Welcome to Market
We interviewed Market Authorities to ask important questions concerning "attendance by" interior designers.
Here are the results:
Held every spring and fall, High Point Market wholeheartedly welcomes interior designers to attend, says Ashley D. Grigg, director of marketing and communications for High Point Market Authority, pointing out that there is no fee for registration.
“Market has changed so much over the last 15 years or so to become much more designer-friendly,” she says. “We’ve worked hard to ensure that buyers and designers coming have an incredible experience surrounding product, networking, and education. If you’ve never been, or you haven’t been recently, you definitely should join us either April or October ”
While market is always completely free, says Ashely, designers should invest some valuable time in planning ahead and digesting the information they share via their website, social media, and emails.
“You wouldn’t go to Disney World without a plan; I don’t recommend trying to tackle our 12 million square feet of showrooms without one either!” she says. Ashely is available to answer any questions to help ensure you have a good experience at High Point. In addition, the credentials required to qualify for a buyer pass can be found at www.highpointmarket.org/register. The friendly and helpful market advisor team can be reached at (336) 869-1000 or firstname.lastname@example.org.
High Point Market: Spring and Fall
Las Vegas Market: Summer and Winter
Tackle Market Like A Pro
Speaker, Trend Strategist, Consultant, and Coach Deb Barrett has been leading quality group tours through the myriad of High Point Market for a number of
years. We recently reached out to her for some expert advice on how to get the most out of attending.
Q: Is High Point Market important for interior designers?
A: Yes! It’s a market that’s only done twice a year, and almost every showroom is closed between those two markets. It’s all that everybody has ever said about it, if you’ve heard experienced designers. To see the depth and breadth of products is amazing. A lot of new designers, particularly, seem to gravitate toward retail stores’ “designer programs,” where basically they’re getting a 10 percent or 20 percent discount off retail. As a business model, that makes absolutely no business sense for a designer. You’ve got to go see who’s out there, what resources are available, and where you can open accounts and make money. It’s a one-stop shop.
Also, every manufacturer has a flagship showroom there, so it’s like seeing every piece in their catalog up close and personal, and you’re also seeing all the new product launches. I know a lot of designers are working digitally, but to see a color or texture or patina up close and to touch and feel it is completely different than seeing it on a computer screen. The other aspect is seeing the scale and proportion.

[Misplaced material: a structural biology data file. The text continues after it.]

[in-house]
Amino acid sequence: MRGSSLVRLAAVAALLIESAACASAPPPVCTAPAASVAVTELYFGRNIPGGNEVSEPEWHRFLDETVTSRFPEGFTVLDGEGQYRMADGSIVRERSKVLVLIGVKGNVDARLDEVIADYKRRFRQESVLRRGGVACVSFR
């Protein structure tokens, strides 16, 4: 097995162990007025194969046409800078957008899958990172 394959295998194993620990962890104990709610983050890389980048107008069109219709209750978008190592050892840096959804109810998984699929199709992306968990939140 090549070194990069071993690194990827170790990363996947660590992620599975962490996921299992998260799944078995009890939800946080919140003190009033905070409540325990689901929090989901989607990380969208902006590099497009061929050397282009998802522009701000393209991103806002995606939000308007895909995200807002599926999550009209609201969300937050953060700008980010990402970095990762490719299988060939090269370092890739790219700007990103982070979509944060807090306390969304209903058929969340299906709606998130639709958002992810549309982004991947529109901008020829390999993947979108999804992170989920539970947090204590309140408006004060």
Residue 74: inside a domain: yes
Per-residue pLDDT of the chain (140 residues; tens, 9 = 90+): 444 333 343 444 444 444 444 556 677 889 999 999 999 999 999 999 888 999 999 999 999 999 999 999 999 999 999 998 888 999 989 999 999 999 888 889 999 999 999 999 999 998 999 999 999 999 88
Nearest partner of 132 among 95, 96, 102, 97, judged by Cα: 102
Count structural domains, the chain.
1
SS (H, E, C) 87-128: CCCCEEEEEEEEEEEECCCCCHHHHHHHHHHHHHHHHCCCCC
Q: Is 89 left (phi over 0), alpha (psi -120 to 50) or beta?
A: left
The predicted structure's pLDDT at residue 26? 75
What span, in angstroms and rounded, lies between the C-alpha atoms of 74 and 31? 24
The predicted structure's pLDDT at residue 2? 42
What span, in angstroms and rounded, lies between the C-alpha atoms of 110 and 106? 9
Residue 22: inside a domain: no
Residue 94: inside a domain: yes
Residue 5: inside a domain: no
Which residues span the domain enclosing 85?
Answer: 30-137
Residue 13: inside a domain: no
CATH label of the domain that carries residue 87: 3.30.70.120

Creating an emotional connection between the designer and the piece makes your job in selling and recommending to the client that much easier. It’s also about spotting and validating trends and learning the design narrative and backstory. Each piece has a story behind it and that’s what our client is looking for as part of the buying experience. Opening accounts and building relationships that will continue once you leave the market just builds a better bottom line for you. And it’s also about networking with other professionals.
Q: What advice would you give to a designer attending for the first time?
A: Pre-show planning is key. Learning to navigate it is the most important thing.
Plan Travel and Accommodations – There are some challenges, but they aren’t insurmountable. It’s in High Point, North Carolina and there is one hotel in that town, so you’ve got to plan for your visit. You fly into either Charlotte, Greensboro, or Raleigh, and then you’ve got to get to High Point. Second of all, you’ve got to find a hotel room within a 30-mile radius. Because of the short supply of rental cars, be sure your hotel is on the market hotel shuttle route.
Be Flexible - Get there early each day. Pick up a map and directory and map out the showrooms you want to see on a daily basis. Familiarize yourself with the shuttle system, so you can coordinate your plan with stops along the route. Each night, reevaluate the list based on your experience and conversations with others that day and see if you need to rearrange your plan. For example, there are lots of product launches at each market and there are always three or four manufacturers that haven’t been on anybody’s radar screen that knocks it out of the park. You’ll hear that buzz and want to be sure to see them.